TWO HUNDRED YEARS LATER: A SPIRIT OF OBLATION TO CHANGE THE WORLD OF THE MOST ABANDONED

Eugene concludes his official narration of the events of our approbation with the exhortation to respond by making their own the words of Saint Paul: “I will most gladly spend and be spent for your souls” (2 Corinthians 12:15)

Now, my Reverend Fathers and Brothers most beloved in the Lord, what more shall I say to you, in whom the Holy Spirit inflames your hearts and has inspired everything, if not, after these so numerous and so great signs of the protection of the Most High, that you ought to give yourselves eagerly to the promotion of the glory of God, ready to endure for his honour the most dire sacrifices;
that you have been chosen, by a special grace, in these times of calamity, to rekindle the flame of piety of the first disciples of the faith,
reproduce in your life the illustrious examples of so many Religious who, by the attentive exercise of these same virtues you practice, have arrived at the summit of holiness and have thus consoled the holy Mother of Christians who deplores the destruction of these Orders, crushed in several places by the violent tempest of the persecution;
finally, that by a sustained effort, especially, following the spirit of our Institute,  you ought to bring help to souls of the most abandoned, repeating without cease with joyful eagerness this word of the Apostle: “I will most gladly spend and be spent for your souls…”

Letter to all the Oblates, 25 March 1826, EO VII n 232

  “A small body of determined spirits fired by an unquenchable faith in their mission can alter the course of history.”   Mahatma Gandhi

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One Response to TWO HUNDRED YEARS LATER: A SPIRIT OF OBLATION TO CHANGE THE WORLD OF THE MOST ABANDONED

  1. Eleanor Rabnett, Oblate Associate says:

    “Now, my Reverend Fathers and Brothers most beloved in the Lord, what more shall I say to you, in whom the Holy Spirit inflames your hearts and has inspired everything…” Recognizing that it is God, the Holy Spirit who lights the fire, who gives birth to the passion and life which we not only feel called to, but that we cannot ignore for this is who we were created to be. Can there be any greater freedom and joy as to discover who we are and to have life in that? Can there be any better way of living out of and living this love than in the spirit of oblation? We seem to have been designed for this. I am reminded of Peter saying to Jesus ‘but where would we go?’ How could we be any other way without denying our very selves?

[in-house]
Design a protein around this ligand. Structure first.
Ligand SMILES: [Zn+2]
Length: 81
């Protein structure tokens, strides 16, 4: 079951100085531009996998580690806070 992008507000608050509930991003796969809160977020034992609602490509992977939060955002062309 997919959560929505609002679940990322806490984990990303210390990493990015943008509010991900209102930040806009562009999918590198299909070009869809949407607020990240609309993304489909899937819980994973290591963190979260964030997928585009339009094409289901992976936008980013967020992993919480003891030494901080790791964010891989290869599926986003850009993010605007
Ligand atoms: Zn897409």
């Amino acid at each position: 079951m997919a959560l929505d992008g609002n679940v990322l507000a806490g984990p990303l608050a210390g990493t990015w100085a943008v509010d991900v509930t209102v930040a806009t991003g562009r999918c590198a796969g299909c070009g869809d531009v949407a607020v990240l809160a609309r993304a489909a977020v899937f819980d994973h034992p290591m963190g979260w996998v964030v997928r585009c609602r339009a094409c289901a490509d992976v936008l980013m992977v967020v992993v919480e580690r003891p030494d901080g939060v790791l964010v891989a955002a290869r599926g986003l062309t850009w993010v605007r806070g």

I remember going to the Czech Republic a couple of years ago and meeting in person for the first time Lucy, an Oblate Associate that I had corresponded with a couple of times. As she entered into the room it was like recognizing each other without an introduction. We were both filled with great joy because we recognised and seemed to know the other almost without introduction. Later it was explained to me that it was often like that with those who share in the same charism, the same spirit. So it was I think between St. Paul and St. Eugene. “I will most gladly spend and be spent for your souls…” A gentle way of expressing that burning fire and inspiration within, the desire to take all that God offers and in receiving that to give it all with our very lives for others. That is, as Frank said, the spirit of oblation. For this we have been created and born for. And the most abandoned become too a part of our heart, become our most beloved in the Lord as Eugene says. I might go to evangelize but it is I who is evangelized. Almost in a way my salvation is in theirs. It is in giving my life that I have life. What an awesome thought to step out with as I begin my day. How can I possibly give less than everything?

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